The Hawkeyes have what Stanford defensive end Brennan Scarlett calls “one of the best, if not the best, offensive lines we’ve faced,” a unit that has cleared the way for backs Jordan Canzeri, LeShun Daniels and Akrum Wadley to combine for 2,048 yards and 27 touchdowns. “They’re not trying to disguise what they’re doing,” Scarlett said. “They’re coming straight at us, and they’re going to do what they do regardless. Anybody who’s watched them this season knows what’s coming.” As good as the backs are, it’s the line, led by center Austin Blythe and guard Jordan Walsh, both NFL prospects, that most impresses Cardinal defensive end Aziz Shittu. “They’re probably one of the best-coached teams we’ve seen on film, the way the line works so well together,” Shittu said. “They’re coming off the ball in unison, they stick to their blocks and move guys off the ball.” Quarterback C.J. Beathard is a running threat but was slowed late in the season by a groin injury.

Edge: Iowa

Iowa passing vs. Stanford defense
Like Hogan, Beathard, who completed 202 of 329 passes for 2,570 yards with 15 touchdowns and four interceptions, has been called a good “game manager” for his ability to make smart decisions, run the offense with more precision than flash, and limit mistakes. Stanford defensive back Ronnie Harris said the label “is a little bit disrespectful” to Beathard, who took over as starter this season. “He’s more elusive and a lot more athletic than people give him credit for,” Harris said. “I think he has a great arm. I’ve seen him make every throw and turn a bad play into a great play. I’ve seen him scramble and buy time for his receivers to get downfield. He’s taken his team to 12-1 and does exactly what he’s asked to do within the system.” Beathard’s favorite target is 6-1, 185-pound junior receiver Matt VandeBerg, who is fearless on over-the-middle routes and led the team with 61 catches for 639 yards. His biggest target is 6-4, 250-pound tight end Henry Krieger Coble (32 catches for 385 yards). Beathard, the grandson of former NFL executive Bobby Beathard, shouldn’t be bothered by bowl-game pressure. He had one of his best games in the Big Ten championship game against Michigan State, completing 18 of 26 passes for 216 yards.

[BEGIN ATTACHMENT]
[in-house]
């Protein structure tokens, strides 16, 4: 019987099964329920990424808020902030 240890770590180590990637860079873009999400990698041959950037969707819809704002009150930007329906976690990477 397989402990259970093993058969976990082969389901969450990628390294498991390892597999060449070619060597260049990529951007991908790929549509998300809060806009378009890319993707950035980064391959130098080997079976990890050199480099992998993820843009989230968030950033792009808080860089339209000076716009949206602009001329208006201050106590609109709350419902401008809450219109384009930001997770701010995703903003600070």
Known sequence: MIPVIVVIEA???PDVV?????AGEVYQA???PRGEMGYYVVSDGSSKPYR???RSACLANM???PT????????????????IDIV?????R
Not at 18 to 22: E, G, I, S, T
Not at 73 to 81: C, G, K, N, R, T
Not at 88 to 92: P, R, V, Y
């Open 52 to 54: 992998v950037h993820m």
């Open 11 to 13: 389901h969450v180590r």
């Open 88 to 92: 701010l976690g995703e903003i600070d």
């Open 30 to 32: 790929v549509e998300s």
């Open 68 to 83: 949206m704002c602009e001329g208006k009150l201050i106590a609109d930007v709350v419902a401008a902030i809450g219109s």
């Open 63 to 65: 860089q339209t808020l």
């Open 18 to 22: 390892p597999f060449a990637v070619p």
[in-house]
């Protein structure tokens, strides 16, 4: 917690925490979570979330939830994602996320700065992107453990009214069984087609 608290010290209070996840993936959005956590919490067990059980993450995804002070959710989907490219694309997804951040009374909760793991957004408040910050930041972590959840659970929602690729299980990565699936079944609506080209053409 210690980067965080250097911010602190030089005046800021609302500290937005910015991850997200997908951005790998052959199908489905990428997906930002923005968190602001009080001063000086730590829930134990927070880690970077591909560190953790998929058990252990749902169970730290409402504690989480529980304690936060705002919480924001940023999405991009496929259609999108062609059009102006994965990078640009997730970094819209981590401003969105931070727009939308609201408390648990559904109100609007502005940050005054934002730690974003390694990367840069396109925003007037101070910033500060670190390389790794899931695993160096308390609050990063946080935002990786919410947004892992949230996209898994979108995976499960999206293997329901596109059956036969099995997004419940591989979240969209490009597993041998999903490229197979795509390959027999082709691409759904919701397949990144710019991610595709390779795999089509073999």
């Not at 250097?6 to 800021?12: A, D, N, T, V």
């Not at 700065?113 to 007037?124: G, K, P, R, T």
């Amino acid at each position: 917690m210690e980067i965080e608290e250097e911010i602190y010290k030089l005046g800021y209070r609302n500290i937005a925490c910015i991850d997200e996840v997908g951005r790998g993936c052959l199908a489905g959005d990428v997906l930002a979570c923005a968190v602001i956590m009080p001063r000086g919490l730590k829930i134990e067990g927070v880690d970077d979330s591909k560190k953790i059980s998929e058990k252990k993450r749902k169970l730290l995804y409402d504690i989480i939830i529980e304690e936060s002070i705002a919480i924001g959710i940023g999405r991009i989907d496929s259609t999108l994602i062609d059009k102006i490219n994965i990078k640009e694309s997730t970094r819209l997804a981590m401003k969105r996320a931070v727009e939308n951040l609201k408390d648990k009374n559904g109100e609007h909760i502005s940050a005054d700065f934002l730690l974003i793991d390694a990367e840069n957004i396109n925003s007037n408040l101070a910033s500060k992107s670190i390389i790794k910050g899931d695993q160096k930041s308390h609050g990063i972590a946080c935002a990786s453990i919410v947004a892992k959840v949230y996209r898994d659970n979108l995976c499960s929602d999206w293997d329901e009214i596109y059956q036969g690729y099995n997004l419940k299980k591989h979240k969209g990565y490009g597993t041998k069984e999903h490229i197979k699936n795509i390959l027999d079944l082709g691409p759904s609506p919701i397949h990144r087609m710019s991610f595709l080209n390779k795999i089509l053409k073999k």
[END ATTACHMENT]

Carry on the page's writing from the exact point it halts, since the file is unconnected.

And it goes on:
Edge: Iowa

Special teams
Iowa’s Marshall Koehn might have a little more leg than Stanford’s Conrad Ukropina — Koehn kicked a 57-yard field goal as time expired to beat Pittsburgh on Sept. 19 — but Ukropina is a little more accurate, having converted 17 of 19 attempts, including a 45-yarder to beat Notre Dame. Koehn has made 15 of 19. King volunteered to return kickoffs and punts last spring and has upgraded the Hawkeyes in those areas. Iowa ranked in the top five in the Big Ten in kickoff (25.6 yards) and punt (12.7) returns. But McCaffrey, who racked up 461 all-purpose yards in the Pac-12 championship game against USC, ranked eighth nationally in kickoff returns with a 28.9-yard average. Stanford’s Alex Robinson averaged 42.9 yards a punt, and Iowa’s Dillon Kidd averaged 40.4 yards a punt.

Edge: Stanford